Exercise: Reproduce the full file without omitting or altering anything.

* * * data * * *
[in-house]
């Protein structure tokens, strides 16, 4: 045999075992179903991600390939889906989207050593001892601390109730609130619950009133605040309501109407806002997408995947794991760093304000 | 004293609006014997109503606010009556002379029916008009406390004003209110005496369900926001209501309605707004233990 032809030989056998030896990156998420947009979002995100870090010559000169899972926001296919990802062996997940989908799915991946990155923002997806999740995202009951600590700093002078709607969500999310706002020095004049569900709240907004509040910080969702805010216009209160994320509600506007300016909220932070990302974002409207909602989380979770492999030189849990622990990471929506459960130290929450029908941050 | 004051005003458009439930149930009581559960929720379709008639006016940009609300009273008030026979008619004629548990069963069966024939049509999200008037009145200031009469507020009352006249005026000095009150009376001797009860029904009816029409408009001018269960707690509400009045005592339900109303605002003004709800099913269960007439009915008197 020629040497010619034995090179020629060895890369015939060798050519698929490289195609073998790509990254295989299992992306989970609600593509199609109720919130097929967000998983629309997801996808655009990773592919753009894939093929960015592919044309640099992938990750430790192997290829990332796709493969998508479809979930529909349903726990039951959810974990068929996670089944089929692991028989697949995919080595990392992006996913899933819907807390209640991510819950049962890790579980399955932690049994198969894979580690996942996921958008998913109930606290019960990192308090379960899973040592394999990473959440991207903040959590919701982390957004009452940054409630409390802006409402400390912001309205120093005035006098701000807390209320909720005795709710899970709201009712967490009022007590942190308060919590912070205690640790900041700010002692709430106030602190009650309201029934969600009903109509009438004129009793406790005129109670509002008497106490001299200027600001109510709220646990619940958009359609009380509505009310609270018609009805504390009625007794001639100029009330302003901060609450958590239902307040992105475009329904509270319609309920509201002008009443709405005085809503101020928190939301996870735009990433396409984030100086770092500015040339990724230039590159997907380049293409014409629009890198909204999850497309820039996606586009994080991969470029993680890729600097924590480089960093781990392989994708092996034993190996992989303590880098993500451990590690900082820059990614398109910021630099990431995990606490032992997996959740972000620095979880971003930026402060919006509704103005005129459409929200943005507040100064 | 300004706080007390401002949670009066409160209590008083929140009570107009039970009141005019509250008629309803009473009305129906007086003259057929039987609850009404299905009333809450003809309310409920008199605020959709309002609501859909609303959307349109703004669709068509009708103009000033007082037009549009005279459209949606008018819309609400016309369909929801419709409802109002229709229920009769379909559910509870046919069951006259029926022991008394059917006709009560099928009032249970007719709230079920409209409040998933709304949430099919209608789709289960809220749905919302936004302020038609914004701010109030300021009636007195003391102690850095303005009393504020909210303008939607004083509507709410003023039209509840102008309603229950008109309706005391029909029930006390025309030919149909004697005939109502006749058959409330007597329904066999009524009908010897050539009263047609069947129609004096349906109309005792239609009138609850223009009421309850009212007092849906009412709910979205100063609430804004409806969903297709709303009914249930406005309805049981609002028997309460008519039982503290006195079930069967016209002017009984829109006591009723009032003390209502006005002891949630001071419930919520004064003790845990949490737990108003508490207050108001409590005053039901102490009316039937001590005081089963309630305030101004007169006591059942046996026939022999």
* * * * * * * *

[in-house]
């Protein structure tokens, strides 16, 4: 045999075992179903991600390939889906989207050593001892601390109730609130619950009133605040309501109407806002997408995947794991760093304000 | 004293609006014997109503606010009556002379029916008009406390004003209110005496369900926001209501309605707004233990 032809030989056998030896990156998420947009979002995100870090010559000169899972926001296919990802062996997940989908799915991946990155923002997806999740995202009951600590700093002078709607969500999310706002020095004049569900709240907004509040910080969702805010216009209160994320509600506007300016909220932070990302974002409207909602989380979770492999030189849990622990990471929506459960130290929450029908941050 | 004051005003458009439930149930009581559960929720379709008639006016940009609300009273008030026979008619004629548990069963069966024939049509999200008037009145200031009469507020009352006249005026000095009150009376001797009860029904009816029409408009001018269960707690509400009045005592339900109303605002003004709800099913269960007439009915008197 020629040497010619034995090179020629060895890369015939060798050519698929490289195609073998790509990254295989299992992306989970609600593509199609109720919130097929967000998983629309997801996808655009990773592919753009894939093929960015592919044309640099992938990750430790192997290829990332796709493969998508479809979930529909349903726990039951959810974990068929996670089944089929692991028989697949995919080595990392992006996913899933819907807390209640991510819950049962890790579980399955932690049994198969894979580690996942996921958008998913109930606290019960990192308090379960899973040592394999990473959440991207903040959590919701982390957004009452940054409630409390802006409402400390912001309205120093005035006098701000807390209320909720005795709710899970709201009712967490009022007590942190308060919590912070205690640790900041700010002692709430106030602190009650309201029934969600009903109509009438004129009793406790005129109670509002008497106490001299200027600001109510709220646990619940958009359609009380509505009310609270018609009805504390009625007794001639100029009330302003901060609450958590239902307040992105475009329904509270319609309920509201002008009443709405005085809503101020928190939301996870735009990433396409984030100086770092500015040339990724230039590159997907380049293409014409629009890198909204999850497309820039996606586009994080991969470029993680890729600097924590480089960093781990392989994708092996034993190996992989303590880098993500451990590690900082820059990614398109910021630099990431995990606490032992997996959740972000620095979880971003930026402060919006509704103005005129459409929200943005507040100064 | 300004706080007390401002949670009066409160209590008083929140009570107009039970009141005019509250008629309803009473009305129906007086003259057929039987609850009404299905009333809450003809309310409920008199605020959709309002609501859909609303959307349109703004669709068509009708103009000033007082037009549009005279459209949606008018819309609400016309369909929801419709409802109002229709229920009769379909559910509870046919069951006259029926022991008394059917006709009560099928009032249970007719709230079920409209409040998933709304949430099919209608789709289960809220749905919302936004302020038609914004701010109030300021009636007195003391102690850095303005009393504020909210303008939607004083509507709410003023039209509840102008309603229950008109309706005391029909029930006390025309030919149909004697005939109502006749058959409330007597329904066999009524009908010897050539009263047609069947129609004096349906109309005792239609009138609850223009009421309850009212007092849906009412709910979205100063609430804004409806969903297709709303009914249930406005309805049981609002028997309460008519039982503290006195079930069967016209002017009984829109006591009723009032003390209502006005002891949630001071419930919520004064003790845990949490737990108003508490207050108001409590005053039901102490009316039937001590005081089963309630305030101004007169006591059942046996026939022999």